The Weinstein Company unveils a slate of potential Oscar-bound films from Quentin Tarantino, David O. Russell and Paul Thomas Anderson
The Weinstein Company previewed a trio of potentially Oscar-bound movies on Monday in "Django Unchained," "Silver Linings Playbook" and "The Master."
It seems Russell has put his neuroses down on celluloid again in “Silver Linings Playbook,” starring Bradley Cooper (left) as a mentally unstable man, coping with his relationship with his father, Robert De Niro, and battling a love relationship with Jennifer Lawrence.
The preview showed Cooper wandering through several scenes wearing a black trashbag as shirt. It harked back to Mark Wahlberg in “I Heart Huckabees,” wandering dazed in a firefighter’s uniform, and raised thoughts of Ben Stiller, fighting to understand his father, Alan Alda, in “Flirting With Disaster.” It’s another sad-funny-absurd work, back in Russell’s quirky personal sandbox.
“The Master” seems destined for controversy. Paul Thomas Anderson has written a tale that is loosely inspired on the life of L. Ron Hubbard, the founder of Scientology. The short piece shown was enough to suggest that Anderson (“Magnolia,” “There Will Be Blood”) has again taken on an epic subject and will face it down fearlessly.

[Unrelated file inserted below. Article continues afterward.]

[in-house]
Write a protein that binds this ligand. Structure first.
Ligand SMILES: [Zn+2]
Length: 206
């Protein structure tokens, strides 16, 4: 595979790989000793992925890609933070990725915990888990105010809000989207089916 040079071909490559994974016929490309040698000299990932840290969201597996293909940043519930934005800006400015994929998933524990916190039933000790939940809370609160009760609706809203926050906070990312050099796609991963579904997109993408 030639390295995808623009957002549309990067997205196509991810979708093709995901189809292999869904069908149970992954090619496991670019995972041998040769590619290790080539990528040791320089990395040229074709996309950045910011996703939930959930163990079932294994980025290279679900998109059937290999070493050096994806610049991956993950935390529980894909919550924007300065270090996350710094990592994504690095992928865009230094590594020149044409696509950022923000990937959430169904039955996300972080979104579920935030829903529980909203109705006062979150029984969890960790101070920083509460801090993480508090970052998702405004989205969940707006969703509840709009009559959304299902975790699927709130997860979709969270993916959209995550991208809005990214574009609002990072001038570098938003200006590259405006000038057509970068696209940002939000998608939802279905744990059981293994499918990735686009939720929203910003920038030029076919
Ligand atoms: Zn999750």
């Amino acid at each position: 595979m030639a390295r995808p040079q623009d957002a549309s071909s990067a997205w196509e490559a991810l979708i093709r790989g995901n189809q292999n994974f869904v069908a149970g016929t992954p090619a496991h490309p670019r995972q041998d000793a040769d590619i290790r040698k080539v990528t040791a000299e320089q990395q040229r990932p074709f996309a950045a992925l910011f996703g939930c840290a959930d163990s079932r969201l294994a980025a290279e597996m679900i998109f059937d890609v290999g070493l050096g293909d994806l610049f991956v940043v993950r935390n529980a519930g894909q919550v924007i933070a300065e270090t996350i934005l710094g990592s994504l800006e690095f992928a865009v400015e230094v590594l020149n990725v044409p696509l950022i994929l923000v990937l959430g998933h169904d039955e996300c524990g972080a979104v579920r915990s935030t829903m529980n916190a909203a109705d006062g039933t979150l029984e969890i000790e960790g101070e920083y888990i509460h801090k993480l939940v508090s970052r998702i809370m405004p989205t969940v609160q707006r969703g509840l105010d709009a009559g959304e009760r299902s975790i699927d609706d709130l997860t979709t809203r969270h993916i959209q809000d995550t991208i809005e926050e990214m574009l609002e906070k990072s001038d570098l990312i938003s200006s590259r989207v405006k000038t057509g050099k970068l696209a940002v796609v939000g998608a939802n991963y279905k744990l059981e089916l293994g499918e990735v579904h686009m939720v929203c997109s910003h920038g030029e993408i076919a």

Joaquin Phoenix (right) is the center of the story as a postwar drifter, searching for a path and racked by anguish or mental illness or both.
In one scene, The Master demands: “Is your life a struggle? Is your behavior erratic?”
It looks ambitious and exciting, though no frogs appear to fall. Remains to be seen what the never-shy Church of Scientology will have to say about this portrayal, however fictionalized.
And the best for last: Tarantino appears to be in the process of delivering another revenge fantasy that will set critics on edge and thrill audiences to the core.
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Suffice to say that the cast is another dream team: Leonardo DiCaprio as a plantation owner, Samuel L. Jackson, Don Johnson, Kerry Washington. The scenes shown in the preview were stamped with the violence and humor of the creator of “Pulp Fiction.”
If it feels a bit like “Inglourious Basterds” set in the prewar South – who cares? There’s something unnaturally thrilling about watching a slave-driver get blown away by a freed slave, his ankles still raw from his chains.